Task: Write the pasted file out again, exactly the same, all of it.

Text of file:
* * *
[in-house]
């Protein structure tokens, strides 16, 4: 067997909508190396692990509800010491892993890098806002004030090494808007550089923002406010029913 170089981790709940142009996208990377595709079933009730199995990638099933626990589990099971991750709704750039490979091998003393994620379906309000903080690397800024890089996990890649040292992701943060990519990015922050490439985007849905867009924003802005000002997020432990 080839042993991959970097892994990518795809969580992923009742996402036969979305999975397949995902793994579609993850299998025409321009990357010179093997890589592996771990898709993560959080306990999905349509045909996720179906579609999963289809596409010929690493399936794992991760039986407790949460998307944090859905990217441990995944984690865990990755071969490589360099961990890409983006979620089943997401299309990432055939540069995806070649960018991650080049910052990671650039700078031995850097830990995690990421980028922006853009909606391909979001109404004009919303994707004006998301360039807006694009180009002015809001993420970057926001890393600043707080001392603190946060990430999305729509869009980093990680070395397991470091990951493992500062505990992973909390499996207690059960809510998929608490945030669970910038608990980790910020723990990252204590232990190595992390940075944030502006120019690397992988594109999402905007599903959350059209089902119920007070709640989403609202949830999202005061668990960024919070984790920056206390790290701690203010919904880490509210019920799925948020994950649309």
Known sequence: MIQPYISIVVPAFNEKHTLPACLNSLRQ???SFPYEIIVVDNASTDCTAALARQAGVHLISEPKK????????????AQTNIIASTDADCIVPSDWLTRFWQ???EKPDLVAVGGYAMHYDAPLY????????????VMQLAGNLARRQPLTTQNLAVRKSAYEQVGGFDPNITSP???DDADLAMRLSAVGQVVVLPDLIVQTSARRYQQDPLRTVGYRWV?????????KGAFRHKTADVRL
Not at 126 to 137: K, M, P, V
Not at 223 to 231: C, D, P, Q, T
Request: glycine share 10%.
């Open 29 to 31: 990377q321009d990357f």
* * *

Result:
[in-house]
């Protein structure tokens, strides 16, 4: 067997909508190396692990509800010491892993890098806002004030090494808007550089923002406010029913 170089981790709940142009996208990377595709079933009730199995990638099933626990589990099971991750709704750039490979091998003393994620379906309000903080690397800024890089996990890649040292992701943060990519990015922050490439985007849905867009924003802005000002997020432990 080839042993991959970097892994990518795809969580992923009742996402036969979305999975397949995902793994579609993850299998025409321009990357010179093997890589592996771990898709993560959080306990999905349509045909996720179906579609999963289809596409010929690493399936794992991760039986407790949460998307944090859905990217441990995944984690865990990755071969490589360099961990890409983006979620089943997401299309990432055939540069995806070649960018991650080049910052990671650039700078031995850097830990995690990421980028922006853009909606391909979001109404004009919303994707004006998301360039807006694009180009002015809001993420970057926001890393600043707080001392603190946060990430999305729509869009980093990680070395397991470091990951493992500062505990992973909390499996207690059960809510998929608490945030669970910038608990980790910020723990990252204590232990190595992390940075944030502006120019690397992988594109999402905007599903959350059209089902119920007070709640989403609202949830999202005061668990960024919070984790920056206390790290701690203010919904880490509210019920799925948020994950649309």
Known sequence: MIQPYISIVVPAFNEKHTLPACLNSLRQ???SFPYEIIVVDNASTDCTAALARQAGVHLISEPKK????????????AQTNIIASTDADCIVPSDWLTRFWQ???EKPDLVAVGGYAMHYDAPLY????????????VMQLAGNLARRQPLTTQNLAVRKSAYEQVGGFDPNITSP???DDADLAMRLSAVGQVVVLPDLIVQTSARRYQQDPLRTVGYRWV?????????KGAFRHKTADVRL
Not at 126 to 137: K, M, P, V
Not at 223 to 231: C, D, P, Q, T
Request: glycine share 10%.
């Open 29 to 31: 990377q321009d990357f």